Gluten-Free Diet

  • Author:
    Betty Kovacs Harbolic, MS, RD

    Betty is a Registered Dietitian who earned her B.S. degree in Food and Nutrition from Marymount College of Fordham University and her M.S. degree in Clinical Nutrition from New York University. She is the Co-Director and Director of nutrition for the New York Obesity Research Center Weight Loss Program.

  • Medical Editor: William C. Shiel Jr., MD, FACP, FACR
    William C. Shiel Jr., MD, FACP, FACR

    William C. Shiel Jr., MD, FACP, FACR

    Dr. Shiel received a Bachelor of Science degree with honors from the University of Notre Dame. There he was involved in research in radiation biology and received the Huisking Scholarship. After graduating from St. Louis University School of Medicine, he completed his Internal Medicine residency and Rheumatology fellowship at the University of California, Irvine. He is board-certified in Internal Medicine and Rheumatology.

Quick GuideGluten-Free Diet: Popular Gluten-Free Foods in Pictures

Gluten-Free Diet: Popular Gluten-Free Foods in Pictures

What foods can you consume on a gluten-free diet?

The greatest difficulty with following a gluten-free diet used to be the limited availability of foods that do not contain gluten. This is no longer the case. There are many more options than ever and it appears that this will continue to grow as more people are finding relief from health issues with following a gluten-free diet.

Foods that are safe to eat

  • Amaranth
  • Arrowroot
  • Bread made from rice flour or potato flour
  • Buckwheat
  • Chestnuts
  • Corn
  • Distilled vinegars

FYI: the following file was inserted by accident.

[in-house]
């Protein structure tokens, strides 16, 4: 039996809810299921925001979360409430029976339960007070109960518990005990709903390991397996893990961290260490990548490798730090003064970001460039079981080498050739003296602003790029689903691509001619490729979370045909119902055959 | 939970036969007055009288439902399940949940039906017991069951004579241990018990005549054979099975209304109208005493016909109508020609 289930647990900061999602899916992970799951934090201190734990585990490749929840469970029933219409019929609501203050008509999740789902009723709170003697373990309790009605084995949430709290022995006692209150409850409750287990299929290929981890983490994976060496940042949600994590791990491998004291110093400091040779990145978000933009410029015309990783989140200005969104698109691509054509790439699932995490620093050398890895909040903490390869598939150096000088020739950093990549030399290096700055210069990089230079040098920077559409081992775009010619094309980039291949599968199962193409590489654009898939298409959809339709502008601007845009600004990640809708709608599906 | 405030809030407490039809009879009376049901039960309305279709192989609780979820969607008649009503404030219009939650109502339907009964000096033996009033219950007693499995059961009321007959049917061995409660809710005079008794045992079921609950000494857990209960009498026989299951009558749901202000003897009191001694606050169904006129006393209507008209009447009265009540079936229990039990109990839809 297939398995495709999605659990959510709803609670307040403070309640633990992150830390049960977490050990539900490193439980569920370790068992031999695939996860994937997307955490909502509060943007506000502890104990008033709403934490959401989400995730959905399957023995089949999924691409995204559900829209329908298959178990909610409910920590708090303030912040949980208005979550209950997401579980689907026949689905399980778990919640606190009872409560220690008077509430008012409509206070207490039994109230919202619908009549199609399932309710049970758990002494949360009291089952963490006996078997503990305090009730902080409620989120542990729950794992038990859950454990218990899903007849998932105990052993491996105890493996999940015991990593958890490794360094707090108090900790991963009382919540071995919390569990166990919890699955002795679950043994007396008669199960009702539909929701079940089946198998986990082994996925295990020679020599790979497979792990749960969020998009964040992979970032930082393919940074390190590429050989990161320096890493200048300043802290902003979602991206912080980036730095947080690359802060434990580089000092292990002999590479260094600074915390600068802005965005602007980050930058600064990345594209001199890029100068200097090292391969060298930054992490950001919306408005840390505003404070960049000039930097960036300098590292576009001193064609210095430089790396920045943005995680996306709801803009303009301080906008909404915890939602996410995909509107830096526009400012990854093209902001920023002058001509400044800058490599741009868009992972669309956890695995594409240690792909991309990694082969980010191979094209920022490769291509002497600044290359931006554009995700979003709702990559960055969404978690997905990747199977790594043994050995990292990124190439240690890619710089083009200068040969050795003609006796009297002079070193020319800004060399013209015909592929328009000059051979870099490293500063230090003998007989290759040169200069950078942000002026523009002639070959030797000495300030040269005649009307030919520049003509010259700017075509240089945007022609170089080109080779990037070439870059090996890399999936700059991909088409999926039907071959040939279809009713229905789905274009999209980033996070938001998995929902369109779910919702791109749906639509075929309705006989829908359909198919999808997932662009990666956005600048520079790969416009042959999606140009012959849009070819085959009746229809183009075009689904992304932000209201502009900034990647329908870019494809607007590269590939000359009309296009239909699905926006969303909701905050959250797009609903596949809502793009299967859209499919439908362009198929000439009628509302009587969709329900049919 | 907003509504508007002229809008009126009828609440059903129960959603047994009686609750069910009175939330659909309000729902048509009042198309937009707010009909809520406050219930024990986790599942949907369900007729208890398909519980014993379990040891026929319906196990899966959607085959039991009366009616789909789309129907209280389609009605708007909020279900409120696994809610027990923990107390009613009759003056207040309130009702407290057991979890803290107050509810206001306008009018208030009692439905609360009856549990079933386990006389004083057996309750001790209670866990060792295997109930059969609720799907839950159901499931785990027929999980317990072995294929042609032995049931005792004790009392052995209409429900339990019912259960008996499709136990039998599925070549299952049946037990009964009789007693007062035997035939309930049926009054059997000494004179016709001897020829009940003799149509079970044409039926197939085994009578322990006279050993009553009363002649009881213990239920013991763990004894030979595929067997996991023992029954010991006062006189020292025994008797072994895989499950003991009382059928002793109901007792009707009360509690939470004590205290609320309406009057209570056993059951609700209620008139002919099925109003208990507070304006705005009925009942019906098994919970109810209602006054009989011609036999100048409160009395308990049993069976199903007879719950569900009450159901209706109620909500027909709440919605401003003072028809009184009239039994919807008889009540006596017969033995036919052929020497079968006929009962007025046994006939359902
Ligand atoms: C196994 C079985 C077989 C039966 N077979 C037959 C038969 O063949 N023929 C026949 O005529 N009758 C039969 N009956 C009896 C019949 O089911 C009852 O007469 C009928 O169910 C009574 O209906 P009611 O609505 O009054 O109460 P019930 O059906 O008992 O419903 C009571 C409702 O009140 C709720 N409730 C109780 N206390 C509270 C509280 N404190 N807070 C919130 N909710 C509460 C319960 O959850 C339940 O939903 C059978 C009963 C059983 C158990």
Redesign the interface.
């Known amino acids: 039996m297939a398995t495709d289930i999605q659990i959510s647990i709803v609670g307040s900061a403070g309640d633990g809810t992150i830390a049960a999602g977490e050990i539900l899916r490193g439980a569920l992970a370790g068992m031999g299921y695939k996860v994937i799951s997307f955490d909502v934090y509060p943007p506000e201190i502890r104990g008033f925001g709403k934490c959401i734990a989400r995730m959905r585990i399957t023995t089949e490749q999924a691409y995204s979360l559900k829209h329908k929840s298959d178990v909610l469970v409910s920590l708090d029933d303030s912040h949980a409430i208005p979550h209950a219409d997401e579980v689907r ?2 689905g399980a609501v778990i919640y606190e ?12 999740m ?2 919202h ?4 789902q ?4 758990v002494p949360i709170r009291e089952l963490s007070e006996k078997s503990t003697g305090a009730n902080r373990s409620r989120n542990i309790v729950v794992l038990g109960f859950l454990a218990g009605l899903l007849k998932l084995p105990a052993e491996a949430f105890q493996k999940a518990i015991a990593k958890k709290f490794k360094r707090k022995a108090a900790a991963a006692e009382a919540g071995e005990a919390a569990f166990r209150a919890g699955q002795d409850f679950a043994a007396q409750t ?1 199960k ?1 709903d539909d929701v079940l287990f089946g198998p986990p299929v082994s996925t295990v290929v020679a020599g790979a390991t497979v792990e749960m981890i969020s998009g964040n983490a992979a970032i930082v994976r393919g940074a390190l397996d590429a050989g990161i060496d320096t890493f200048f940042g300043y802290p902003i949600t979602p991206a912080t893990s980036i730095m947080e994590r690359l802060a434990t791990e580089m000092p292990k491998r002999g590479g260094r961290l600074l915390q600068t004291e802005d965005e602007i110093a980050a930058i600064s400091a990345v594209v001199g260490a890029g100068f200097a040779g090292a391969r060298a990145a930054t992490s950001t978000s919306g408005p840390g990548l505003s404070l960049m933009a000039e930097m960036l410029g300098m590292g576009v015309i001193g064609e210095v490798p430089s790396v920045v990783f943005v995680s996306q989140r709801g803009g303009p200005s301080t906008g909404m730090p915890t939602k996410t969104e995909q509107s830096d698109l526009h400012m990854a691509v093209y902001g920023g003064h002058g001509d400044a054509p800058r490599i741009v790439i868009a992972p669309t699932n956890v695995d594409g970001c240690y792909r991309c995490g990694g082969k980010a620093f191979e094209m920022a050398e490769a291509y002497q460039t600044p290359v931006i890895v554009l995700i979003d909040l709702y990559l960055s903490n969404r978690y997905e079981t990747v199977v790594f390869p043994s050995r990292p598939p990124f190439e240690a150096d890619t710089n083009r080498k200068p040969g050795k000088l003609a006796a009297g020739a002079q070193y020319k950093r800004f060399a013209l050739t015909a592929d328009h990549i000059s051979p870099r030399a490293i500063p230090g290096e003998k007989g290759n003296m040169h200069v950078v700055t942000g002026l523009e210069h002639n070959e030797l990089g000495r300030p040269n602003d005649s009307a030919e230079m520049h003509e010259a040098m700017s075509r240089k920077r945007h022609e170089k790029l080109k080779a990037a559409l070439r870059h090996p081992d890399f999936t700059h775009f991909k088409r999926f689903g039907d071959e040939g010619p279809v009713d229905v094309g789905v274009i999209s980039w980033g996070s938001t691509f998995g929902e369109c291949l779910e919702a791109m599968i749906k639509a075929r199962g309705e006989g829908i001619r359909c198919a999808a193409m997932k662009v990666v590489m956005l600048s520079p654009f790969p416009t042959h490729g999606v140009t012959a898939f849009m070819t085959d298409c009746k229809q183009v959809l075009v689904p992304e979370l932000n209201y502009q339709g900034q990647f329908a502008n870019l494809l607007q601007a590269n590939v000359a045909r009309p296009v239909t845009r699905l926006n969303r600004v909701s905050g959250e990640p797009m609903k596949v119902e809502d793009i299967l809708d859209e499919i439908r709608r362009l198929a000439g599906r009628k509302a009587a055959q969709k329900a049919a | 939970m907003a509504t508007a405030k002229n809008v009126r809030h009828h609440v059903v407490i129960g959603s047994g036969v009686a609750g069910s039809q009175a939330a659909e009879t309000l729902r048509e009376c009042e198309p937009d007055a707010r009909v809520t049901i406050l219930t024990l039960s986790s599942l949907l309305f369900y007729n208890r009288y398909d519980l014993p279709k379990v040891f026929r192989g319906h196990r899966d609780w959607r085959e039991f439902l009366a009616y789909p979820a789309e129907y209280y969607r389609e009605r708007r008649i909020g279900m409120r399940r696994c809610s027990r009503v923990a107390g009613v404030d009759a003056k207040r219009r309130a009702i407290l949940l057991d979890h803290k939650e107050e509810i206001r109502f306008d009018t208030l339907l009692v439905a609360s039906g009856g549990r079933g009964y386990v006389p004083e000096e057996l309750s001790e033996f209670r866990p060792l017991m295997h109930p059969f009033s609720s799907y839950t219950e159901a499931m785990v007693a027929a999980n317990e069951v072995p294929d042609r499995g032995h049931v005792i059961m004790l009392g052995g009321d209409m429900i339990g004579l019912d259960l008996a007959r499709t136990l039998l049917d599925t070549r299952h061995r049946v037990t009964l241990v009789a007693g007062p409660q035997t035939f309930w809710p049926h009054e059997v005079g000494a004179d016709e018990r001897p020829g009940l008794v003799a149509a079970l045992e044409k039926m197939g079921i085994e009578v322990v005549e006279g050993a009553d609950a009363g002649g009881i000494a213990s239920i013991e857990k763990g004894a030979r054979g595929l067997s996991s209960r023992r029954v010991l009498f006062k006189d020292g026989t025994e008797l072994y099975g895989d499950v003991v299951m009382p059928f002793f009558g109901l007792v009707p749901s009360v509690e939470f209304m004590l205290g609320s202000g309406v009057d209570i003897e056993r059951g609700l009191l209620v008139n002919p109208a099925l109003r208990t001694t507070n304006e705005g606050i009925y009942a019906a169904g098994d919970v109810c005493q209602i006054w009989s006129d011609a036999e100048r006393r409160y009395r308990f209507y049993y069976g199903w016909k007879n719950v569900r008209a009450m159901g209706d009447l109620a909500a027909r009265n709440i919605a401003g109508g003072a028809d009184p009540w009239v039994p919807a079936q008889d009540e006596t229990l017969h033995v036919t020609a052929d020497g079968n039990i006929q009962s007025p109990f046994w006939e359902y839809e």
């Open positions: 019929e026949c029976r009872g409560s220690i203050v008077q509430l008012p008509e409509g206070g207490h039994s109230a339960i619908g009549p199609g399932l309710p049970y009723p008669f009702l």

• Flax
  • Garbanzo beans (chickpeas)
  • Grits (corn or soy)
  • Herbs
  • Hominy
  • Job's tears
  • Lentils
  • Millet
  • Nut flours
  • Potatoes
  • Pumpkin
  • Quinoa
  • Rapeseed oil
  • Rice
  • Sago
  • Seeds
  • Soy
  • Sorghum
  • Tapioca
  • Teff

The other foods that you are able to eat with a gluten-free diet are:

  • Meats (these are your high protein options)
  • Plan meat, poultry, fish, shellfish, and eggs
  • Dry peas and beans, nuts, peanut butter, and soybeans
  • Tofu

Fruit

  • Fruit
  • Fruit juice

Vegetables

  • Fresh, frozen, and canned vegetables

Dairy

  • Milk Plain yogurt
  • Cottage cheese
  • Cheese

Beverages

  • Pure instant or ground coffee
  • Tea
  • Carbonated beverages
  • Beer made with buckwheat, sorghum, rice, or corn
  • Alcohol – brandy, champagne, gin, run, tequila, vodka, wine

Fats

  • Butter
  • Margarine
  • Vegetable oils
  • Lard
  • Shortening

There is a way to convert recipes that contain gluten into gluten-free recipes. You will need to experiment with the ingredient substitution, length of time, and temperature used for baking. Here are some substitutions that you can make in your recipes:

For 1 tablespoon of wheat flour, substitute one of these:

  • 1 1/2 teaspoons cornstarch
  • 1 1/2 teaspoons potato starch
  • 1 1/2 teaspoons arrowroot starch
  • 1 1/2 teaspoons rice flour
  • 2 teaspoons quick-cooking tapioca

For 1 cup of wheat flour, substitute one of these:

  • 3/4 cup plain cornmeal, coarse
  • 1 cup plain cornmeal, fine
  • 5/8 cup potato flour
  • 3/4 cup rice flour

You are going to need time, patience, persistence, and support with making these changes. These changes can affect you and everyone in your life, but it will get easier as you all get used to it. You are not alone in this so reach out to those who know what you are going through. The important thing to remember is that your body needs this diet to function correctly and for you to feel well and live symptom free.

Medically Reviewed by a Doctor on 4/8/2015

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